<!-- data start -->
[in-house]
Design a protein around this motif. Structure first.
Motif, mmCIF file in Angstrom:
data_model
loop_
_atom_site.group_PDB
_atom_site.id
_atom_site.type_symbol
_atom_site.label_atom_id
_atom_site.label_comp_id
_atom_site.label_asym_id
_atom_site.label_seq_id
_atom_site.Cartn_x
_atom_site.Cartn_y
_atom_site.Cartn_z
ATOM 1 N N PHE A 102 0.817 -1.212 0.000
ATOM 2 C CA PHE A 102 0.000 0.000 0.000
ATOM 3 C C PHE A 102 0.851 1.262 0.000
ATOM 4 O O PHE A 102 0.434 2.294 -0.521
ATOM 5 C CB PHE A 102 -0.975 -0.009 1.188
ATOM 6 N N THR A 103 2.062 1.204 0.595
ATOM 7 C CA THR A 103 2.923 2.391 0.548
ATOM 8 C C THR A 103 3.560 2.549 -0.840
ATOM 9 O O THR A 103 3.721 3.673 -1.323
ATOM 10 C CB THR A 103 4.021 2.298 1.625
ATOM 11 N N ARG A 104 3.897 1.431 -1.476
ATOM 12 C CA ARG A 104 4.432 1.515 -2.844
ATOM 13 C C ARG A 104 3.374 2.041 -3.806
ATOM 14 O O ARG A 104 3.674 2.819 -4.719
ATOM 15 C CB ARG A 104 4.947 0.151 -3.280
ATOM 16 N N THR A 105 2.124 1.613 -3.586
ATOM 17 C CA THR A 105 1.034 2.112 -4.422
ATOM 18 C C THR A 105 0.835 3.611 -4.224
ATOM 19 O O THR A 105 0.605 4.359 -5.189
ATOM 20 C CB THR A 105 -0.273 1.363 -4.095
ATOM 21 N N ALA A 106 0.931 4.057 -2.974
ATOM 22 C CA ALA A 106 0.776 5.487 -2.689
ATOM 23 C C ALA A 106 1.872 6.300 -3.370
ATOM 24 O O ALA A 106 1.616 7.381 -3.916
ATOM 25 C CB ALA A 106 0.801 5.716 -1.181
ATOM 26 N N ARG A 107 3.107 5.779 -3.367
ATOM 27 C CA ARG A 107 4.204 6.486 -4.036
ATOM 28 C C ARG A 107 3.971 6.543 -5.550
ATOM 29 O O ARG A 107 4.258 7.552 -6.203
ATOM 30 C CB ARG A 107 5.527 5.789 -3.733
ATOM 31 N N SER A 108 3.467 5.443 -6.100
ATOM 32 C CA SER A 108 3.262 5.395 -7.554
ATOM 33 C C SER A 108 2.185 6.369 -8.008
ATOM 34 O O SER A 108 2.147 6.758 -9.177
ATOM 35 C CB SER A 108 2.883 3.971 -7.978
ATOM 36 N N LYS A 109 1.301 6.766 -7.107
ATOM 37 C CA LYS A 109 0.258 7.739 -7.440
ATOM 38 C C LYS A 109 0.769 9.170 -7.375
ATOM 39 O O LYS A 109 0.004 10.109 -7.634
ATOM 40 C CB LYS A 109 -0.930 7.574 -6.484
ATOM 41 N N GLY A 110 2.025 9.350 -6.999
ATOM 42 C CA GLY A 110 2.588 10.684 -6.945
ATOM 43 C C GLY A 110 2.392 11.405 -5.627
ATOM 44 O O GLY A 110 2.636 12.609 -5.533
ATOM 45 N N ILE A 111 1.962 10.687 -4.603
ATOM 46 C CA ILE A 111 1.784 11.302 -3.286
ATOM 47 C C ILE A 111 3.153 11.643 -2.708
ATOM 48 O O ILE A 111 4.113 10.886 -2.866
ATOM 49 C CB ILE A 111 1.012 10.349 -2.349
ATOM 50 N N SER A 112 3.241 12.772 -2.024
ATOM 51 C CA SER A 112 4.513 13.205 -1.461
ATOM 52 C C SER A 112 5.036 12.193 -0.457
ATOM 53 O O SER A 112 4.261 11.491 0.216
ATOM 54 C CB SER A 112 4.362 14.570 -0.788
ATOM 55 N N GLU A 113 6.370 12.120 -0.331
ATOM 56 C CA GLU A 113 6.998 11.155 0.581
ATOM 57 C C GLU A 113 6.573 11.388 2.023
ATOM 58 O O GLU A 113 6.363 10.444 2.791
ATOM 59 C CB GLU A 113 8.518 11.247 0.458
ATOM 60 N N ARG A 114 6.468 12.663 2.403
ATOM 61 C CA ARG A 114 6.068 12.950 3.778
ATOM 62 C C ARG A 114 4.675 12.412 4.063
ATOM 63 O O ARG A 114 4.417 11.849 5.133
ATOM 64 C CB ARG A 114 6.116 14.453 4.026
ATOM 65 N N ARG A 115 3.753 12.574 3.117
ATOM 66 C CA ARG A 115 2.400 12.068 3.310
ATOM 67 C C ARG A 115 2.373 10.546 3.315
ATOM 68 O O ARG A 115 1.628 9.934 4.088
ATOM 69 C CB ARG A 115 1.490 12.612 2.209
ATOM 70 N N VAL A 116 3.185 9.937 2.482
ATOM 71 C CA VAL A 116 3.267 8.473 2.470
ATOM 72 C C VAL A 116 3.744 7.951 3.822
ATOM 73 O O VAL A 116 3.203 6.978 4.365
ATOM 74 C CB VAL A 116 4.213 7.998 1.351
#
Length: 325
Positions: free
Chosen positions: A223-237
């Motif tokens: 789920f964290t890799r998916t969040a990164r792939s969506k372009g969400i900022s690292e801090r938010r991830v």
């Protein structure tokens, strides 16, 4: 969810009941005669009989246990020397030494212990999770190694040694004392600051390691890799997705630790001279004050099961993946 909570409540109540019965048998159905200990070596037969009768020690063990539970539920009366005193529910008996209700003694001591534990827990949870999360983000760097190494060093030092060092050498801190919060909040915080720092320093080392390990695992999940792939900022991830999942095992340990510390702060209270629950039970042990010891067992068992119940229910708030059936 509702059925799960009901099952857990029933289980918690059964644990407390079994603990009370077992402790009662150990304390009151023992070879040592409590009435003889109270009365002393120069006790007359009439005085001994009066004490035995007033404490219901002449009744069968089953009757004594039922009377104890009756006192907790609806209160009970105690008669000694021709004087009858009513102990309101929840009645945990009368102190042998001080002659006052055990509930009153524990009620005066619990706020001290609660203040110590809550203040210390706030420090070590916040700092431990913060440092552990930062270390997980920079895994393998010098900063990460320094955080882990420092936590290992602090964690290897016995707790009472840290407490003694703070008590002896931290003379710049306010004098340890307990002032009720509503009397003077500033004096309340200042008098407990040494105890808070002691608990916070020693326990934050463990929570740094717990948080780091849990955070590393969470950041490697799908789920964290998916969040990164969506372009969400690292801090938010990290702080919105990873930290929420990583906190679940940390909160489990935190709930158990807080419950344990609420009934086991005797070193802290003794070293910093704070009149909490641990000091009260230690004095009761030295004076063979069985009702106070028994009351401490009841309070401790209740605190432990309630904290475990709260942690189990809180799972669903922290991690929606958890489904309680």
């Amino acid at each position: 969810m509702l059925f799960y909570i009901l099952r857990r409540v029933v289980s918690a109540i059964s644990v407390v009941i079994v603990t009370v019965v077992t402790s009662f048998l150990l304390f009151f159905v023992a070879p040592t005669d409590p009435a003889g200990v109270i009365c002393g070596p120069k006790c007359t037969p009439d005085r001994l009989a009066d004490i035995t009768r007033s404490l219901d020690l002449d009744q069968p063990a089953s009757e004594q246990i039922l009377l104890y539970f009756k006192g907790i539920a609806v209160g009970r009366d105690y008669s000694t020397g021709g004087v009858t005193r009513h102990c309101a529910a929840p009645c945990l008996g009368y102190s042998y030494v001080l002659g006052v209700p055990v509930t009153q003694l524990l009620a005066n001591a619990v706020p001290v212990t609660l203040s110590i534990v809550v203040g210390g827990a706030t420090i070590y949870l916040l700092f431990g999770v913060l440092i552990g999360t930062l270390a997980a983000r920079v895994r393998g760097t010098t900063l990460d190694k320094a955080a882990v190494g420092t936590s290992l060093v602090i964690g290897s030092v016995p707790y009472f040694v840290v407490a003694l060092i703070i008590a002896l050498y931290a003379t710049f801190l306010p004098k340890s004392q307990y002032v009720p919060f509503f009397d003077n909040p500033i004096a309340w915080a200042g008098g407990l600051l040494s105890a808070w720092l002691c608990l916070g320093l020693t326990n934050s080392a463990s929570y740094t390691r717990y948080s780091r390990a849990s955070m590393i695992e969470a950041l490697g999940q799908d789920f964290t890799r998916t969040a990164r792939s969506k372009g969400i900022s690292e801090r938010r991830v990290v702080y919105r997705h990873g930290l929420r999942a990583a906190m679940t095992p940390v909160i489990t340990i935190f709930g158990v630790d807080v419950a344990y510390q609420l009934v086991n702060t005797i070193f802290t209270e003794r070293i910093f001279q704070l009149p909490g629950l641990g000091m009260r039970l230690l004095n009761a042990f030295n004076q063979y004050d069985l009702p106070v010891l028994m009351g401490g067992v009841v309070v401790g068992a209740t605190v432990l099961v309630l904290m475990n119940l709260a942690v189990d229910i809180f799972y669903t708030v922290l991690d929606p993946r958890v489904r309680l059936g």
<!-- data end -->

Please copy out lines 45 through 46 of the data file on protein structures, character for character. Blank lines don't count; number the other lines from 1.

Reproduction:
ATOM 30 C CB ARG A 107 5.527 5.789 -3.733
ATOM 31 N N SER A 108 3.467 5.443 -6.100